9. Canada Looks Strong You know who I’m talking about. Filip Peliwo of course! The kid is on fire, and made all four junior slam finals this year, winning Wimbledon and the US Open. Junior success never automatically translates to senior success, but he seems to be a genuinely great kid as well as having a real controlled competitiveness to him. He’ll need to keep working, like any junior, to bulk up a bit, among other things, but he already looks like he has a bright future ahead of himself. Oh, and yeah, Milos had a great tournament, falling to Murray in the fourth round.

10. WTA Full of Impressive Youngsters Sloane Stephens equaled her 2011 fourth round result and Laura Robson matched it. These two ladies, YOUNG ladies, have tremendous attitudes and tremendous power. I’m absolutely convinced they have top 20 stuff, likely top 10, as they already impress and are no where near turning 20. Believe the hype, these kids are the real deal.

6 Jun 2011

1. Rafa

Once again, it is tough to do anything but stand in awe. 6 Roland Garros titles ties him with Bjorn Borg, and I don’t think many people would put money down on him not passing that record. After losing 4 straight finals to Nole, 2 on clay and 2 in America, his confidence is back at another crucial time of the season with Wimbledon only 2 (?!) weeks away.

2. Fed

I think we can stop counting this guy out until the day we stop seeing his name on grand slam draw sheets. I’ll be the first to admit that, while I didn’t quite count him out against Nole in his semifinal, I thought it was going to be another convincing win for the Serbian. Not so. Fed is in prime form for Wimbledon, and in my eye, is probably the very close second favourite behind Rafa.

3. Nole

Remember that time when that one guy never lost and we thought he was going to win every damn tournament he entered? It’s been an insane 6 months for Nole, going back to the Davis Cup and all the way to his Roland Garros semi-final run (still his best result at the tournament). No, grass is not his best surface. I don’t think he really has a realistic shot at the tournament. However, I wouldn’t be surprised if he leaves our general tennis consciousness due to the Fedal hype and Muzz expectations, and comes back for the hard court swing and emerges as the favourite for the US Open. You’ve been warned.

4. Masha

Love her or hate her, The Return of The Mash couldn’t have been better timed with Kim injured and the Sisters missing. The cow on ice has managed to survive despite her serve and is looking like the feared figure she once was. Great timing for Wimbledon, where she might just be the favourite going in.

5. WTA

The WTA is wide open these days… and it’s awesome. Even without some of the big names as far as the fourth round or quarterfinals, there was a heaping pile of exciting young talent and veteran fight, and a ton of high quality tennis. Personally, I can’t wait to see what great early round matches we get at Wimbledon.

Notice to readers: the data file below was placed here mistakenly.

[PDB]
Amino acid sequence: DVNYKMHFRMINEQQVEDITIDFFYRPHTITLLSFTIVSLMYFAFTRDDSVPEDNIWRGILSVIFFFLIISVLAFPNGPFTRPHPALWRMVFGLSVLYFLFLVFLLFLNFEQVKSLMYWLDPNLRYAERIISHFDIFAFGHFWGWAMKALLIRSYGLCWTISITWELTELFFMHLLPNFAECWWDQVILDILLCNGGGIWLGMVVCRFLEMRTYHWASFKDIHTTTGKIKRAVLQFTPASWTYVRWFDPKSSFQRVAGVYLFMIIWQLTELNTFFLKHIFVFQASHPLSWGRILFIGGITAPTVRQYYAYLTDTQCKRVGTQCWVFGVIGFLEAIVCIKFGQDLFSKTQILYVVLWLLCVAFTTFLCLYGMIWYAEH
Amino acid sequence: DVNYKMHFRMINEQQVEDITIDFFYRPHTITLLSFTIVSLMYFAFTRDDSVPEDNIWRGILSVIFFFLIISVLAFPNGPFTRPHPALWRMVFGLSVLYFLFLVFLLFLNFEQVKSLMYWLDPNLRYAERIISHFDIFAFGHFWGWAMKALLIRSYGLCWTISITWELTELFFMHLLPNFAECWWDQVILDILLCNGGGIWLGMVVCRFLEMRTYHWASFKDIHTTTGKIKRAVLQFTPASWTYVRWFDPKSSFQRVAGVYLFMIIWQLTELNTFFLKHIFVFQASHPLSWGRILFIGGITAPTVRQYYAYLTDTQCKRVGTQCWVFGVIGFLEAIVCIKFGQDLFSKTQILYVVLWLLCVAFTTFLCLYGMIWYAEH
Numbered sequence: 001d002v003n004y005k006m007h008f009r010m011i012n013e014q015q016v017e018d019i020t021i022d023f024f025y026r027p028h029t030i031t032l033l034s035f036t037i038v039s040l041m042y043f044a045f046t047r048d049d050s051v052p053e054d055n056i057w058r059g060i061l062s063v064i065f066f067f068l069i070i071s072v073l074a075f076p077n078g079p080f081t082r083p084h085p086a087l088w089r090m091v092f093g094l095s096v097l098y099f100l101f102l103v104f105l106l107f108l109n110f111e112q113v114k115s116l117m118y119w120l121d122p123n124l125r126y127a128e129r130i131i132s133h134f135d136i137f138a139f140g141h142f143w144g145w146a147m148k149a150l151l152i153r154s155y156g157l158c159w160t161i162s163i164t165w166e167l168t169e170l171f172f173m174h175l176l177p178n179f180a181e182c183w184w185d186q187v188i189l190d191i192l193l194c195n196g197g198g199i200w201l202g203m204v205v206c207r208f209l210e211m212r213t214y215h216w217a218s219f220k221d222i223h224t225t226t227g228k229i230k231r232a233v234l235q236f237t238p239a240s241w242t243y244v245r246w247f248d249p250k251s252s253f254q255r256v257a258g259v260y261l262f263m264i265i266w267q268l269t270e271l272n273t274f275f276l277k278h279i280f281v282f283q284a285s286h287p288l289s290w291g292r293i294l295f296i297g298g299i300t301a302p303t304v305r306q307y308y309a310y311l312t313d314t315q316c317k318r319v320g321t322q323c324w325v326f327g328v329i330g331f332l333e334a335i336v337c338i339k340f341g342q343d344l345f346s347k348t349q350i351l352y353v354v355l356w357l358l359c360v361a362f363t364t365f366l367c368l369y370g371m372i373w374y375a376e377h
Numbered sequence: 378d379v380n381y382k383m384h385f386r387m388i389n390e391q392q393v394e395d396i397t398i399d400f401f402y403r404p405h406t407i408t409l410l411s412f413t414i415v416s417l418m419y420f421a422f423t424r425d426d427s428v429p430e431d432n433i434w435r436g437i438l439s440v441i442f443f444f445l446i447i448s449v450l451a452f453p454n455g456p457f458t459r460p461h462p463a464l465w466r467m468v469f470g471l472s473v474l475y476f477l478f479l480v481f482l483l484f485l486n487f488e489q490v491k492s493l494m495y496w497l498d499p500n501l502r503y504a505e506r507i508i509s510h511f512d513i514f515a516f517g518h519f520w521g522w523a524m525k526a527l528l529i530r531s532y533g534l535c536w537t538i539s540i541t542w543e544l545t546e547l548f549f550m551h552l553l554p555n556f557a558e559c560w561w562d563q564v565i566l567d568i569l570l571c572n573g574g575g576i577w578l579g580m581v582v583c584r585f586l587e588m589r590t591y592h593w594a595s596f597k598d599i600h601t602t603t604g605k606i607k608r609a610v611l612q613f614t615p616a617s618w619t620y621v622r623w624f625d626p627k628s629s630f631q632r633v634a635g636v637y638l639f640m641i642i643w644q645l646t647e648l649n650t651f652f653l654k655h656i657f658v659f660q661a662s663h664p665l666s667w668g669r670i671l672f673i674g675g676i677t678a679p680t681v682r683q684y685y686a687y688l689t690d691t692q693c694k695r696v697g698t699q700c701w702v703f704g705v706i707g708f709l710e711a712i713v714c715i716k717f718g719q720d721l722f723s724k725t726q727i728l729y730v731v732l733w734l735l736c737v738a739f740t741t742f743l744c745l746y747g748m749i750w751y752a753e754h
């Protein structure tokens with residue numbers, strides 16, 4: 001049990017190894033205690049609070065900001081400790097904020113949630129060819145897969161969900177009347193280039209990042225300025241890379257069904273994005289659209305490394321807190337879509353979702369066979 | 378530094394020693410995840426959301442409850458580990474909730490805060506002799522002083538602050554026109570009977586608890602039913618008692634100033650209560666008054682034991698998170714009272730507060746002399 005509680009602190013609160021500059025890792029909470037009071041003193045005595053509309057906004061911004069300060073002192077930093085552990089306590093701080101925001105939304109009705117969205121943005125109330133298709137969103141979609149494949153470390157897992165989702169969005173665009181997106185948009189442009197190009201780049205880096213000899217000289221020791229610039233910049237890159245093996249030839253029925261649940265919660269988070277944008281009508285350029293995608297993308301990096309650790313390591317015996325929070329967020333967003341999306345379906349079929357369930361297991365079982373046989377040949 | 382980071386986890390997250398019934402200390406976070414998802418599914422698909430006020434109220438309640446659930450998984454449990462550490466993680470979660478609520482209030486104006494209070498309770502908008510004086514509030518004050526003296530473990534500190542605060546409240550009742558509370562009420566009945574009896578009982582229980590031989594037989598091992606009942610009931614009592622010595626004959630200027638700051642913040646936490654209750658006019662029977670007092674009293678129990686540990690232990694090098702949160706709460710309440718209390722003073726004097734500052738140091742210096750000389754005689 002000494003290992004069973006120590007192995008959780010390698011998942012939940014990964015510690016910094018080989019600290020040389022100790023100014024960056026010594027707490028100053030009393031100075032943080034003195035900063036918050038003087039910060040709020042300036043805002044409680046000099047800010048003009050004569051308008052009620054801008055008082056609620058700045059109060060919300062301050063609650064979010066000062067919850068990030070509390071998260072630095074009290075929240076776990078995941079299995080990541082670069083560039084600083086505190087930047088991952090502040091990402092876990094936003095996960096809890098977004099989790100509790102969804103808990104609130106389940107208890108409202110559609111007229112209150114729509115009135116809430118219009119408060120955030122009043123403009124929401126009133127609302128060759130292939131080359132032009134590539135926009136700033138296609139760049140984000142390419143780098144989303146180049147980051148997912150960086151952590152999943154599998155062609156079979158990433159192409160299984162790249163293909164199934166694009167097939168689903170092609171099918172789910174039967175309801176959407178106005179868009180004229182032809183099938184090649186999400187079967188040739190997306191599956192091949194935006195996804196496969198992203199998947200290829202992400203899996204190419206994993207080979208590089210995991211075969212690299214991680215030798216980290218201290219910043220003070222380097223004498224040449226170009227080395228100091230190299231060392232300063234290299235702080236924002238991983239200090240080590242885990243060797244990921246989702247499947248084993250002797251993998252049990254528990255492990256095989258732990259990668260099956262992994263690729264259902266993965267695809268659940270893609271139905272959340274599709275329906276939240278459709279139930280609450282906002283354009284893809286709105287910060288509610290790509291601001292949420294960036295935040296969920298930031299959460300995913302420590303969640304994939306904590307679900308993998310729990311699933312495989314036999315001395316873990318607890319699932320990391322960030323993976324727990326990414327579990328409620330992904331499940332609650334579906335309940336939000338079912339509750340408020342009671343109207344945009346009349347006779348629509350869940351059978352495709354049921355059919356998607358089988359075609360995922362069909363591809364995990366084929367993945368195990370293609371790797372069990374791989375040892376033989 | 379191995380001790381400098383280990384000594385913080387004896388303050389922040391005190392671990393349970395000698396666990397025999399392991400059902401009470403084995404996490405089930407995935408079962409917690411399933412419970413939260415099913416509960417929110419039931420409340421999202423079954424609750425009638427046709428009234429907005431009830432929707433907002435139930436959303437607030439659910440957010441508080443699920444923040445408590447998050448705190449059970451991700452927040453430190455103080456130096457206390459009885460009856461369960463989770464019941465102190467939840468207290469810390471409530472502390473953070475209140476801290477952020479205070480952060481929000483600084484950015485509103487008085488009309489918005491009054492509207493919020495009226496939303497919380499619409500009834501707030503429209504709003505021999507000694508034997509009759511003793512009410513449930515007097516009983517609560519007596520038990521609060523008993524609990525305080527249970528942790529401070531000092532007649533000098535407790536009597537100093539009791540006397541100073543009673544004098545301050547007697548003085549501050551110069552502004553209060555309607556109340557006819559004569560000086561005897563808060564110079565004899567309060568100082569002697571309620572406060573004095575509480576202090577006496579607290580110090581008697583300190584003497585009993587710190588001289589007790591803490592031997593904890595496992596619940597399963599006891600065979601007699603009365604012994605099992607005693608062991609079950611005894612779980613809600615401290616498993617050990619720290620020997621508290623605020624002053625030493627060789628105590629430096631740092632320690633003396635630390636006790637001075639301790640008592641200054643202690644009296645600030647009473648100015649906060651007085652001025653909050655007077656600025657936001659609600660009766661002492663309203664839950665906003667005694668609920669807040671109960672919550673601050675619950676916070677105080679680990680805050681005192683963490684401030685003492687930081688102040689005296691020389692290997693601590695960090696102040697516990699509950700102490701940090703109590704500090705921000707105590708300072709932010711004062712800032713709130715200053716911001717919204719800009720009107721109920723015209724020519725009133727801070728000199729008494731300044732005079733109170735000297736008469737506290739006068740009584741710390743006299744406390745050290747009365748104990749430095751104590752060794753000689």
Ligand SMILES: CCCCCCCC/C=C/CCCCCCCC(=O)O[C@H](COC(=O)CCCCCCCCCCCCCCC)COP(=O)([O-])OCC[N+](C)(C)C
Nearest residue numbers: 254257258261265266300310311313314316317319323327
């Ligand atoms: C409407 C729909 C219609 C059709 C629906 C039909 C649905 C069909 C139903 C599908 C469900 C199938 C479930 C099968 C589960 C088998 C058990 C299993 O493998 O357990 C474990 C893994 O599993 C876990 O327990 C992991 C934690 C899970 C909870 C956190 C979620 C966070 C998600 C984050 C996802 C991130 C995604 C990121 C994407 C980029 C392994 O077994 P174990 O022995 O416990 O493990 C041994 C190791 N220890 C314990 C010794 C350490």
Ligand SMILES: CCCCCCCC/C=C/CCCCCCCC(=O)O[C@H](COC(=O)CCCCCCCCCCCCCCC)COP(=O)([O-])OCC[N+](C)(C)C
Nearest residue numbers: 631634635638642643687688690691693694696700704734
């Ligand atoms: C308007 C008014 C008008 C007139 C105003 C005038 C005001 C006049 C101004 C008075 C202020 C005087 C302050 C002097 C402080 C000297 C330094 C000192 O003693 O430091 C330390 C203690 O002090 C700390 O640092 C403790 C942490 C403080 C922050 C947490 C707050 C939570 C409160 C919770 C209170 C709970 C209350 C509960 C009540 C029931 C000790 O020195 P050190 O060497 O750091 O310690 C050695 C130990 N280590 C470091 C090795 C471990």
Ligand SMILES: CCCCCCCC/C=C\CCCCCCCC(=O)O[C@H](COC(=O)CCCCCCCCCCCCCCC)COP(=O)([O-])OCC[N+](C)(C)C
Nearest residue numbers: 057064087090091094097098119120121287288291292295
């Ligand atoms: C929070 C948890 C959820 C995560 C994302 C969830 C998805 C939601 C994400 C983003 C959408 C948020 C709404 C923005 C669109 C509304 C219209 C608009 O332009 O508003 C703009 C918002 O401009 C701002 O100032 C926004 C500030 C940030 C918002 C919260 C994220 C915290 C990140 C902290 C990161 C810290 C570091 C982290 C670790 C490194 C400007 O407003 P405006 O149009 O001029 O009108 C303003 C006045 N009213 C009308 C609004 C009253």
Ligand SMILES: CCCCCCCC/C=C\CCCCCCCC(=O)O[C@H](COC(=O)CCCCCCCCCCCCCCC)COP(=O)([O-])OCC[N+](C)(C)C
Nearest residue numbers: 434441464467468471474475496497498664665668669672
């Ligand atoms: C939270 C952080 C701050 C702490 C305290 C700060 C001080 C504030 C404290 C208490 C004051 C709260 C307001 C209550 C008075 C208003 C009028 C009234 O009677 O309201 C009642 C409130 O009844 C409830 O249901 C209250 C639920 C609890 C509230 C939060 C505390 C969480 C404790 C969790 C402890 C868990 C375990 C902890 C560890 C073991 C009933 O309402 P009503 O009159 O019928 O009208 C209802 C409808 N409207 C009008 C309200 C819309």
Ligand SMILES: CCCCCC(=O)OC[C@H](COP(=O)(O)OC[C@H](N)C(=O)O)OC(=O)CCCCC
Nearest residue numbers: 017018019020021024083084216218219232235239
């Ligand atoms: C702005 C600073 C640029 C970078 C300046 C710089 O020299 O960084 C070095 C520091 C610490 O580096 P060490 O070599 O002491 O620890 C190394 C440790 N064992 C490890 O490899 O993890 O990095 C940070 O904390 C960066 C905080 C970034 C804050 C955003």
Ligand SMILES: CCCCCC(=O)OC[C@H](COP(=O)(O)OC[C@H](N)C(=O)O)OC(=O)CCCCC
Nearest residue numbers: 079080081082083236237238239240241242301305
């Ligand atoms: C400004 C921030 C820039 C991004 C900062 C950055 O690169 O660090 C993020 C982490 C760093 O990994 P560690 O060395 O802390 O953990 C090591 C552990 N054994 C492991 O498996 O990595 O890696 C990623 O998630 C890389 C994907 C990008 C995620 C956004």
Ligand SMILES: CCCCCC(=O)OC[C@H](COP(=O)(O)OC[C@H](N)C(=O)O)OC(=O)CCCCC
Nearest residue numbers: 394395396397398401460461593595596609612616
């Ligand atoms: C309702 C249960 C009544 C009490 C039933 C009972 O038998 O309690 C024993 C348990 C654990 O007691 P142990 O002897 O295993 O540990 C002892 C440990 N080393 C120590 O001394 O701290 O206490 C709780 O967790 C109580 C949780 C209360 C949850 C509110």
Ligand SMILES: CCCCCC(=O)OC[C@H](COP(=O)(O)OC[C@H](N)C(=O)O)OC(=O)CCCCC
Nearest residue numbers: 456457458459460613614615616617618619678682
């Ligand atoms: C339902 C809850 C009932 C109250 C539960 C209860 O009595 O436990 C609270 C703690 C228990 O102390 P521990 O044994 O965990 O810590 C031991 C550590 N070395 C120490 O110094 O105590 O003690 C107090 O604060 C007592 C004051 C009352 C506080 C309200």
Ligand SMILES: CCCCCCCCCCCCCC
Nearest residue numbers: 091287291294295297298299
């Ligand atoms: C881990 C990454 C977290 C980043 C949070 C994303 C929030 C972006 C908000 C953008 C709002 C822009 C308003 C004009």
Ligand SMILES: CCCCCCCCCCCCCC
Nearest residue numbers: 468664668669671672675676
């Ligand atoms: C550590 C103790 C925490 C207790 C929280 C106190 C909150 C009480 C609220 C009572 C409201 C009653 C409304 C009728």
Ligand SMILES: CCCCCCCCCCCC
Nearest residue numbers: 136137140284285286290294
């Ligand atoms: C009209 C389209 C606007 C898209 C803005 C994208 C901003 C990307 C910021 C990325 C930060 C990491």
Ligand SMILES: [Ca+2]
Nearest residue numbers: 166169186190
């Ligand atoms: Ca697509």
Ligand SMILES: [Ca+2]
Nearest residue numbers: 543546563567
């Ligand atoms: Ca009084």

6. Asia Cares

Over 110 million in China saw the women’s final. They’re taking note, and this is fantastic news. Here’s hoping the tournaments out there get a boost this fall, and the sport continues to grow at a grass roots level.

7. Youngins Promise, Veterans Rule

There were some significant young ladies in the running for this year’s title, including Caro, Vika, Kvitova, and a great showing by Pavs. But in the end, the final four was entirely what we would consider veterans. Along with it, all four are fantastic fighters. And that’s ok. If these two past two Roland Garros champions can tell us anything, it’s that your next years might be the best to come.

8. Fran No Fluke

There’s something about the clay in Paris that makes Fran come to life. You can see it in her game, you can see it in her eyes, and you can see it in her fight. It’s a magical thing indeed. A round of applause for the two times finalist.

9. French Crowd Still… French

Love em or hate em, this ain’t Wimbledon. Mad cheering for their Frenchies, booing line checking, starting riots outside Lenglen and creating one of the most biased atmospheres in a slam final for a non-home country player we’ve ever seen. Big ups, Frenchies, you’ve outdone yourselves once again.

10. Uh, Grass?

Is Fed in prime form? Can John Isner upset Rafa this time? Kim? Bepa? Vika? Serena’s return? What about Novak? How could Milos do? The grass season is already upon us. I have whiplash.

4 Jul 2010

1. We All Grow Old: At 30 and 29, are Venus and Fed finally wearing thin? Venus seems all to prone to have a wildly inconsistent, strange day, and Fed is showing that he can be blown off the court by big hitters on any surface. They won’t be losing in the first round, or dropping out of the top 10 any time soon, but could this be the end of dominance for the reigning king and queen of grass?